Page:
Rocky Cape and the Grand Canyon rifted apart 1.5 billion years ago.
Zircon jewels shine their secrets, reconnecting landmasses split from the first super-continent.
Journey through the Rocky Cape geological floating worlds, hidden in full view.
FLOATING WORLDS is a poetic response to the Geology of Tasmania’s Nth West coast. These landforms were originally formed billions of years ago in the northern hemisphere within the planets first super-continent. The Rocky Cape Group of rocks were once connected to the Nth American landmass at the Grand Canyon and demonstrate the dynamic movement of tectonic plates across the globe over 1.5 billion years. The Floating Worlds exhibition, draws inspiration from, and articulates the wonders of these well-travelled rocks.
Julie Stoneman’s visual arts practice focuses on amplifying the richness of Tasmania’s unique geological landscapes. Her primary medium is ink, and her work is a fusion of techniques. Gestural throwing of ink floods the paper creating layers of colour, whilst metallic inks settle into textures and flow lines imitating geological processes, once carried out at a global scale over billions of years. Complimenting this richness Julie draws with pen and ink integrating and amplifying the imagery. The layered ink imagery tells this compelling story with a contemporary and abstracted visual narrative.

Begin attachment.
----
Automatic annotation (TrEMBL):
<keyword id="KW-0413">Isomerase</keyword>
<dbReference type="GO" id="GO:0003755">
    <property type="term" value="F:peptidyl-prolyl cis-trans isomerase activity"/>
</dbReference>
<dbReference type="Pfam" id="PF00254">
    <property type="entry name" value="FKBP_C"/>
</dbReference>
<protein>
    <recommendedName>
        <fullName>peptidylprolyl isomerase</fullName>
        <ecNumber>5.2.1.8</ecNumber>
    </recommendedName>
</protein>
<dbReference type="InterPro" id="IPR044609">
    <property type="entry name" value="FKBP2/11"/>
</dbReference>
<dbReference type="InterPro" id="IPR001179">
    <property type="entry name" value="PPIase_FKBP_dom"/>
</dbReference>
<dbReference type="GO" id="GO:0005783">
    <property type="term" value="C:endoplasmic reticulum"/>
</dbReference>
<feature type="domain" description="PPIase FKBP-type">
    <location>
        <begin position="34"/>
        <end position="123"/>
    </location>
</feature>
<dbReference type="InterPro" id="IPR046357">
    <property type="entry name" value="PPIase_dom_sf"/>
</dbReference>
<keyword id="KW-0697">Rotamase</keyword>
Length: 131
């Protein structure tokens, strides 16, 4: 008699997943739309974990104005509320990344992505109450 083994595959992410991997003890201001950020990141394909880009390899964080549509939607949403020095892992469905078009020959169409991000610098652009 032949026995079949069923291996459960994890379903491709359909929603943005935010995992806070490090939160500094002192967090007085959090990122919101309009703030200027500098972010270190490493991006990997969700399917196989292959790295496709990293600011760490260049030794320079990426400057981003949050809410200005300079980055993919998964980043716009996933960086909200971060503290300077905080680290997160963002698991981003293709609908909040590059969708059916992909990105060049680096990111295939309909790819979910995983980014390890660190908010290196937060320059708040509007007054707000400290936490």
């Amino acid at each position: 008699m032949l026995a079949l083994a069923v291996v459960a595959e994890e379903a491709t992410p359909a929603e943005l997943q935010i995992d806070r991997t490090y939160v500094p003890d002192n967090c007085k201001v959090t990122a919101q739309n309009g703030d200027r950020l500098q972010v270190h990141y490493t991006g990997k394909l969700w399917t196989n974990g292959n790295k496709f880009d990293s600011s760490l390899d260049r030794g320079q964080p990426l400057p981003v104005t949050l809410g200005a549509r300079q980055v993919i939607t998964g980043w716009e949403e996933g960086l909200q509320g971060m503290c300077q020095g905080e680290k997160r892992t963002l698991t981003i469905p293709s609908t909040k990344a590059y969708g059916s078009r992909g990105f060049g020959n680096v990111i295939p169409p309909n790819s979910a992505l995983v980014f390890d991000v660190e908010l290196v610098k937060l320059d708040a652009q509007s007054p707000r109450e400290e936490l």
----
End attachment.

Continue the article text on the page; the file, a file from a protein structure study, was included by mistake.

Julie’s FLOATING WORLDS residencies and field trips have been informed by recent geological research overseen by Dr Jacqueline Halpin (UTAS). Dr Halpin has been pivotal in ‘unpacking’ the complex and layered geology of the North West Coast for Julie to then reinterpret in a visual journey that uncovers some of the mysteries of the formation of Tasmania. Dr Jacqueline Halpin will open the Exhibition.
Thursday 7 – Sunday 17 October 2021
10:00am – 5:00pm daily